Current Urology Reports

, Volume 12, Issue 5, pp 370-376

First online:

Epidemiology of Stress Urinary Incontinence in Women

  • W. Stuart ReynoldsAffiliated withDepartment of Urologic Surgery, Vanderbilt University Medical Center
  • , Roger R. DmochowskiAffiliated withDepartment of Urologic Surgery, Vanderbilt University Medical Center
  • , David F. PensonAffiliated withDepartment of Urologic Surgery, Vanderbilt University Medical Center Email author 

Rent the article at a discount

Rent now

* Final gross prices may vary according to local VAT.

Get Access


Stress urinary incontinence is common and affects many women globally. About 50% of women with urinary incontinence report symptoms of stress incontinence, but estimates of the prevalence and incidence are limited by inconsistent methods of measurement between epidemiologic studies in different populations. Estimates also are affected by underlying differences in the age and ethnicity of study populations. Longitudinal studies assessing the incidence and natural history of stress incontinence estimate an annual incidence of 4% to 10%. While remission does occur, data on this remains sparse. Multiple risk factors have been associated with stress incontinence and may to contribute to the development of the condition. Recent epidemiologic studies have focused on defining additional lower urinary tract symptoms besides mixed or urge incontinence that may be associated with stress incontinence, but the significance of this is not yet known.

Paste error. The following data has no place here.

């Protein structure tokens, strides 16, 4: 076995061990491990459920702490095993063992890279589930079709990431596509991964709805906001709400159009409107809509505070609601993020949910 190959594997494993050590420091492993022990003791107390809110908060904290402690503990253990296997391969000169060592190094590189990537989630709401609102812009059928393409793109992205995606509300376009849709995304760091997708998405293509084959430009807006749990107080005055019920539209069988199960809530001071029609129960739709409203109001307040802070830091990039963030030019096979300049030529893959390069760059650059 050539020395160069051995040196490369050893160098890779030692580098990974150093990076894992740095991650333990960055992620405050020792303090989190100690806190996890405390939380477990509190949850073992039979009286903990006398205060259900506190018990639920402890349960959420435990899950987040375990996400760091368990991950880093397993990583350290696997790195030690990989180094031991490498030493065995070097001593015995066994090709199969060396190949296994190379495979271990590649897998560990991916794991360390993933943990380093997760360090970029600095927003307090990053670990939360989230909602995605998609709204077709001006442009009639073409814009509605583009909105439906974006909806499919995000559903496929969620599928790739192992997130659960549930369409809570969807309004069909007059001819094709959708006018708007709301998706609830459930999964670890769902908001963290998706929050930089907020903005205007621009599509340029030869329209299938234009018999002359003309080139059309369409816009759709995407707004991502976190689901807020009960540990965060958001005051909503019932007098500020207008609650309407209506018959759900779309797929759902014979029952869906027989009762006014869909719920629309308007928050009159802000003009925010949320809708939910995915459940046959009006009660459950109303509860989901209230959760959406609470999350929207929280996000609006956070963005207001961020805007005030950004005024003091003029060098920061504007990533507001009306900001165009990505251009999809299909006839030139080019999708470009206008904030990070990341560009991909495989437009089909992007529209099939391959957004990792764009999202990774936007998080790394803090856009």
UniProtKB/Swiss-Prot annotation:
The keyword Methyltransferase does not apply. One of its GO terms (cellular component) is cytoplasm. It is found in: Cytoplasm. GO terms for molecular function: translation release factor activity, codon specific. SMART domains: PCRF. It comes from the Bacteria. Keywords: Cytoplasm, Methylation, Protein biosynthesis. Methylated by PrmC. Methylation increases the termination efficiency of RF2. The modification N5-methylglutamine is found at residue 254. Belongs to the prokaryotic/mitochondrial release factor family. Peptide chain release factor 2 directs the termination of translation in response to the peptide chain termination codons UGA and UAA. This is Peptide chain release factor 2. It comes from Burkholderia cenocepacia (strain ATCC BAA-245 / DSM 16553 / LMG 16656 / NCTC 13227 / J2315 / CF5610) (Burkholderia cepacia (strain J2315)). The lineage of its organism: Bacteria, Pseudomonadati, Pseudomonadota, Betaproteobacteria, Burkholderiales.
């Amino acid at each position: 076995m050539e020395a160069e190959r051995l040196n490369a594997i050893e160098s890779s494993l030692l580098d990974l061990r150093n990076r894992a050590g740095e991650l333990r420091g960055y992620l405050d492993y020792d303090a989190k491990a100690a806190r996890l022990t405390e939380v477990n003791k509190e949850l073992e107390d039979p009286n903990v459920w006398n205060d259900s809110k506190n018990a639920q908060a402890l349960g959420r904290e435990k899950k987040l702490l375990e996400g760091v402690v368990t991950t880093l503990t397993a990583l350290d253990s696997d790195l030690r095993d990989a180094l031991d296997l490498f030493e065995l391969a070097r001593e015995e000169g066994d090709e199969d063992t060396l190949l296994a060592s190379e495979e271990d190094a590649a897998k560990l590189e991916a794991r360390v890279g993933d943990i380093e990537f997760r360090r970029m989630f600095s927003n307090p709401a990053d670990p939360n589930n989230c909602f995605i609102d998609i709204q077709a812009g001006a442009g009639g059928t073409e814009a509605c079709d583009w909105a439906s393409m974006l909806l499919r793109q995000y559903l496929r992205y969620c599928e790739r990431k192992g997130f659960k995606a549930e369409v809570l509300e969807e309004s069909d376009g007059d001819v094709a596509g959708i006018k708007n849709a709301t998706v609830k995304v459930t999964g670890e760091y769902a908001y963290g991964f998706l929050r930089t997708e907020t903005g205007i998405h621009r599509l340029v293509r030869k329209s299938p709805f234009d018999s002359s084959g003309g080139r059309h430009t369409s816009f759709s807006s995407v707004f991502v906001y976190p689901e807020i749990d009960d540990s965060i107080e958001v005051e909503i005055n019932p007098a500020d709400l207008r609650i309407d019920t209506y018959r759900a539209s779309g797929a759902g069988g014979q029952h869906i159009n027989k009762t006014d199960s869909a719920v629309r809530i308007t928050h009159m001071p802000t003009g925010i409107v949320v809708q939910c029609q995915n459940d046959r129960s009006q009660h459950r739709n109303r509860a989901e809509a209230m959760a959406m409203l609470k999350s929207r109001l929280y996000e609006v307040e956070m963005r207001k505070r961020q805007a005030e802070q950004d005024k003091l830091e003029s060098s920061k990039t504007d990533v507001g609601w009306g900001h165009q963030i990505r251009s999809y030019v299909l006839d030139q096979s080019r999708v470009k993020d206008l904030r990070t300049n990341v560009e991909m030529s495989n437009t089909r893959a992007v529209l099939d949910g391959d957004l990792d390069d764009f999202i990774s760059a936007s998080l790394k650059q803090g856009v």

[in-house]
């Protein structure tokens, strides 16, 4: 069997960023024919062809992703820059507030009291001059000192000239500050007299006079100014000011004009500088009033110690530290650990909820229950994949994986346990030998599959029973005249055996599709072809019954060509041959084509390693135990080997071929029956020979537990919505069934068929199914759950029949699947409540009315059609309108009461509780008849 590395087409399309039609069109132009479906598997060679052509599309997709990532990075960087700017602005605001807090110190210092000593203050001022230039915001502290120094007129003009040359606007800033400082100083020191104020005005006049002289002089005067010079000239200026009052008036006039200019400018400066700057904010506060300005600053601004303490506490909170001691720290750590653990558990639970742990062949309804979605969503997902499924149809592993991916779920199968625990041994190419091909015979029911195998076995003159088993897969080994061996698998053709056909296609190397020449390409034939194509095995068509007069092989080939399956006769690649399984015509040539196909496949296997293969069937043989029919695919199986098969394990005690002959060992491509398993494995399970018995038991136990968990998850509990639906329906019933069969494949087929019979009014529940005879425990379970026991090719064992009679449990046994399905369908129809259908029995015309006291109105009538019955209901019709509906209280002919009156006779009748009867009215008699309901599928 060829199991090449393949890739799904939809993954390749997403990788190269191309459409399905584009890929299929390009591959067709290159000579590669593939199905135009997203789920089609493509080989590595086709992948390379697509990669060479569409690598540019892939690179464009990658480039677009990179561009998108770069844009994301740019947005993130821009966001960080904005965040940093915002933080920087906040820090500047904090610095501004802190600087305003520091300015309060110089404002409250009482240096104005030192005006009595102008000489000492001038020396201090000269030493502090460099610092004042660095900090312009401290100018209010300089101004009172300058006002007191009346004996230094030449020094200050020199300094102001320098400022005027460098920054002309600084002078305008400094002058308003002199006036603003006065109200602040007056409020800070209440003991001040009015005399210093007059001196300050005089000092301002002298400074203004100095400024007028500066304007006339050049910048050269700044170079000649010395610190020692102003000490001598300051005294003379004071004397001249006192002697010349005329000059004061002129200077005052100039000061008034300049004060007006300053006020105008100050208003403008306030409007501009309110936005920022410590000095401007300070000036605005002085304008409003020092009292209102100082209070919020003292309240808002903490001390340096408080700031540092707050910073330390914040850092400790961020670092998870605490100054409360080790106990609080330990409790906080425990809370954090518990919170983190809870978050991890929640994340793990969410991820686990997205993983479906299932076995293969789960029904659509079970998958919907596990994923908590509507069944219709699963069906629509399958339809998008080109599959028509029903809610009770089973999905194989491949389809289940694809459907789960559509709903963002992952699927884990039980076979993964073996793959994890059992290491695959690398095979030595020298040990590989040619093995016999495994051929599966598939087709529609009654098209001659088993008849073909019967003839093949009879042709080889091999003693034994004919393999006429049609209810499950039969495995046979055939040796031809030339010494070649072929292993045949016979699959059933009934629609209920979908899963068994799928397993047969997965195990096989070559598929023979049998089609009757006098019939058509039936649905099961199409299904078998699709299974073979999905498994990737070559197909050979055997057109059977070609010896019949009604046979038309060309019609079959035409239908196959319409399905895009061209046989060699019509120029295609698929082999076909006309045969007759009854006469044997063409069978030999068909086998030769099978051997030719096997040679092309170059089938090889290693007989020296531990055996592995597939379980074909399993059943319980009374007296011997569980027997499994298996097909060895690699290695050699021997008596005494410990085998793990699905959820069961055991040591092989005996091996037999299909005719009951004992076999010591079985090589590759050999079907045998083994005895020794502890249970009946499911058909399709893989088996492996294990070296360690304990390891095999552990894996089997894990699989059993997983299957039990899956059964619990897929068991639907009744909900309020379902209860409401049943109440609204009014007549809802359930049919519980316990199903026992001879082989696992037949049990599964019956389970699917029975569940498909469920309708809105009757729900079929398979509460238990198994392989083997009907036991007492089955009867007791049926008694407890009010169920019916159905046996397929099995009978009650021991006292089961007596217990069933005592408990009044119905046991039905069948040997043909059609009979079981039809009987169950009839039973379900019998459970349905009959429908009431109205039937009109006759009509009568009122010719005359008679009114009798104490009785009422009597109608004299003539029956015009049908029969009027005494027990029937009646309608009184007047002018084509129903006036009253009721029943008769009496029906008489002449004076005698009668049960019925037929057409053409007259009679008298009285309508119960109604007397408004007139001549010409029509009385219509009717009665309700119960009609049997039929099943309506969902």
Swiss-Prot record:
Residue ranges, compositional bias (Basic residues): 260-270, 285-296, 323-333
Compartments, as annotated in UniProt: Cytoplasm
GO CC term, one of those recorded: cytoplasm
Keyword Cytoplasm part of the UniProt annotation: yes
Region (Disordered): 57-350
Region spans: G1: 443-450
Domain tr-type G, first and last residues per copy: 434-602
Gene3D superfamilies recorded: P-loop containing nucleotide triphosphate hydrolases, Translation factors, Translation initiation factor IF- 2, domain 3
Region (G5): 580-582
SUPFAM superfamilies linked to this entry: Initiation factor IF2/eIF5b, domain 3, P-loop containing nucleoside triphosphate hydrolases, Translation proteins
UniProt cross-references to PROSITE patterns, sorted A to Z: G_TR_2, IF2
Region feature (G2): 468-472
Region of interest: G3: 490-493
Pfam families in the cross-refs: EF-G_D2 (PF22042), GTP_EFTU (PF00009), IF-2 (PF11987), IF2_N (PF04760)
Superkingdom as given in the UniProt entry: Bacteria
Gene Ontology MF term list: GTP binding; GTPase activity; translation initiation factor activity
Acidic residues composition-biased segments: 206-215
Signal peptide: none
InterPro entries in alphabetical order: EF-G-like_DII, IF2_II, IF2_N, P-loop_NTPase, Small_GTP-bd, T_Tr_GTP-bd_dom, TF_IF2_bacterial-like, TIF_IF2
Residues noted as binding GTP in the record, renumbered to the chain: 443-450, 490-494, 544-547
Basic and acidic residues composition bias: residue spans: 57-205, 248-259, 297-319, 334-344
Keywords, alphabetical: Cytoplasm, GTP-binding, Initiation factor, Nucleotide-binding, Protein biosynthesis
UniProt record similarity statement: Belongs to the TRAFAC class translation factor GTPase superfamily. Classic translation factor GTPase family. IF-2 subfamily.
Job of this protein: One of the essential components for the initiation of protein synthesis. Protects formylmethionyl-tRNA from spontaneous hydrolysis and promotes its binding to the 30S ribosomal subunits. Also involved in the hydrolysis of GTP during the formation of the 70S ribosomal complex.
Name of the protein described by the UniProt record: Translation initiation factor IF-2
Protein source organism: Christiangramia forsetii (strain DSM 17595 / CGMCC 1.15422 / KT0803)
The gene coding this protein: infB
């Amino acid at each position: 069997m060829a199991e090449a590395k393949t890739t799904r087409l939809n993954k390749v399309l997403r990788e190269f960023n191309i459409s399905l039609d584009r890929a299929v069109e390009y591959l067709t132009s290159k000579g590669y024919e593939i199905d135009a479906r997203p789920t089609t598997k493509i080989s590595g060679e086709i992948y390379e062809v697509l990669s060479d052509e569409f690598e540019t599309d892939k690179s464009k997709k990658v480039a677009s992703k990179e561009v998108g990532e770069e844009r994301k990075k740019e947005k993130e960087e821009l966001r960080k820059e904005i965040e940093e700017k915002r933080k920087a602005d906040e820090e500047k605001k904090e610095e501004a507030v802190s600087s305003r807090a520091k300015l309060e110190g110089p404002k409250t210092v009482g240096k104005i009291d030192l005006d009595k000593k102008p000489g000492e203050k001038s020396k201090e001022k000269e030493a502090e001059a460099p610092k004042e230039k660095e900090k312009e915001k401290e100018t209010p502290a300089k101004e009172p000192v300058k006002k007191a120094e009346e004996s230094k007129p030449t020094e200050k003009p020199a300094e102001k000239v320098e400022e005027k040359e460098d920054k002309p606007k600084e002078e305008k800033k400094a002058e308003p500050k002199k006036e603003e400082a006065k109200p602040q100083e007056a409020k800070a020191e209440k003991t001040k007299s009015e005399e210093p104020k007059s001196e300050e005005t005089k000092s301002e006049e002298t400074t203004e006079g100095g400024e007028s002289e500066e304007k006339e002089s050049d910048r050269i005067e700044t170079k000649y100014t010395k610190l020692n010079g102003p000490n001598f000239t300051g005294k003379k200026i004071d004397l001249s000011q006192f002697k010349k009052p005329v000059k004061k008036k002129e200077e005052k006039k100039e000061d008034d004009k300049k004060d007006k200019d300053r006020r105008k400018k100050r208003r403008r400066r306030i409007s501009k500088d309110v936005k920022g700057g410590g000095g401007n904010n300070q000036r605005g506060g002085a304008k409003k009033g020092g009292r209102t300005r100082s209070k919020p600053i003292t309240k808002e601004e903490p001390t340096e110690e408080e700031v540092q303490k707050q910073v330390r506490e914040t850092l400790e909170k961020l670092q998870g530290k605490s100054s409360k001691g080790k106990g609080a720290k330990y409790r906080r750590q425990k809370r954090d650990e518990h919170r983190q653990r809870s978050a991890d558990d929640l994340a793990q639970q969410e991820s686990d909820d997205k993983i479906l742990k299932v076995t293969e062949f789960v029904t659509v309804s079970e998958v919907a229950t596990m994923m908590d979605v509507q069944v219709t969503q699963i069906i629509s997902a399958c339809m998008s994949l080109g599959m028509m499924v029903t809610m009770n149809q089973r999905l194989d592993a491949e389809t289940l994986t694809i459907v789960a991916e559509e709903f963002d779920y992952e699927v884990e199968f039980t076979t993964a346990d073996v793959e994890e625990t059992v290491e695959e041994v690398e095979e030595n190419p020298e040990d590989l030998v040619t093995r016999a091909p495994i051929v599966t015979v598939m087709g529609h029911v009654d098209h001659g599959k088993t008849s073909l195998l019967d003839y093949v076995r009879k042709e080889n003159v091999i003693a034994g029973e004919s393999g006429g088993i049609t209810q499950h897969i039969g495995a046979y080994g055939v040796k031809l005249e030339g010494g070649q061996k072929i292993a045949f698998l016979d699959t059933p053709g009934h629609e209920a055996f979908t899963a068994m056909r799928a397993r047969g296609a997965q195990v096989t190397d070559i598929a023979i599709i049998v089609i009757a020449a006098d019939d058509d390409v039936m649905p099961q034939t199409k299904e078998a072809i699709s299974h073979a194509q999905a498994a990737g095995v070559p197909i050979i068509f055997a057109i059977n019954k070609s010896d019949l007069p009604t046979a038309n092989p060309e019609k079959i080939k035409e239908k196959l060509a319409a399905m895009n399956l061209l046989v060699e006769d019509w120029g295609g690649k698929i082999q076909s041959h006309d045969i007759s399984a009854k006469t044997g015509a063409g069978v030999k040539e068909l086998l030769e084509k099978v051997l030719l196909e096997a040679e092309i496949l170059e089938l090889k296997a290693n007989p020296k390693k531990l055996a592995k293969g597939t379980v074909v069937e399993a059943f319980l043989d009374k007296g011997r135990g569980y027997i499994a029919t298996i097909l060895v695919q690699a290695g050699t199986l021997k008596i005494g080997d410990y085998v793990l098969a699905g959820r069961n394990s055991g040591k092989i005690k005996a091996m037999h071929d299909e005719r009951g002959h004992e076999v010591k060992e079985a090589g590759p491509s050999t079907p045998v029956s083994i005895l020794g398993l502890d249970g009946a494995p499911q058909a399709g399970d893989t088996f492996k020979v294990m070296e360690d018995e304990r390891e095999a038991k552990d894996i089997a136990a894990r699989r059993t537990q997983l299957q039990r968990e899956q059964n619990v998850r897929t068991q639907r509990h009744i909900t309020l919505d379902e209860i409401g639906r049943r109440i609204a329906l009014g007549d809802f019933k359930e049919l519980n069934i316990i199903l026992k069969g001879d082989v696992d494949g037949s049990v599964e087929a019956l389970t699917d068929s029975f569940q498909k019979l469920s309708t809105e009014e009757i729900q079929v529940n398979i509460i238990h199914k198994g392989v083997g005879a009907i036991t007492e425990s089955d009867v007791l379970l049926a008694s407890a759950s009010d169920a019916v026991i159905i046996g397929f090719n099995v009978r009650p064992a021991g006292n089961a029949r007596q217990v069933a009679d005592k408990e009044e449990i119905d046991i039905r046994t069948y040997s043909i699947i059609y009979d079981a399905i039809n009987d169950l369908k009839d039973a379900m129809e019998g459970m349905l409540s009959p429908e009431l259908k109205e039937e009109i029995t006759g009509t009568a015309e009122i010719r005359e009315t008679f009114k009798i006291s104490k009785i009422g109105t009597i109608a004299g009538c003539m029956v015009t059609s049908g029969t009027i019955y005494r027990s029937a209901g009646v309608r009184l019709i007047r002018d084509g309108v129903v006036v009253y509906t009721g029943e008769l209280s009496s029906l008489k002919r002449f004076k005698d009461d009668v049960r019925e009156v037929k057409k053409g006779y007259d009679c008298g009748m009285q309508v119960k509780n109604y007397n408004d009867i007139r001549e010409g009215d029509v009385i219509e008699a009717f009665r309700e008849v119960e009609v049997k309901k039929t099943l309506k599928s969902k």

Female urology Epidemiology Population studies Prevalence Incidence Incontinence Stress urinary incontinence Mixed urinary incontinence Urge urinary incontinence Risk factors Pelvic prolapse Cluster analysis Voiding dysfunction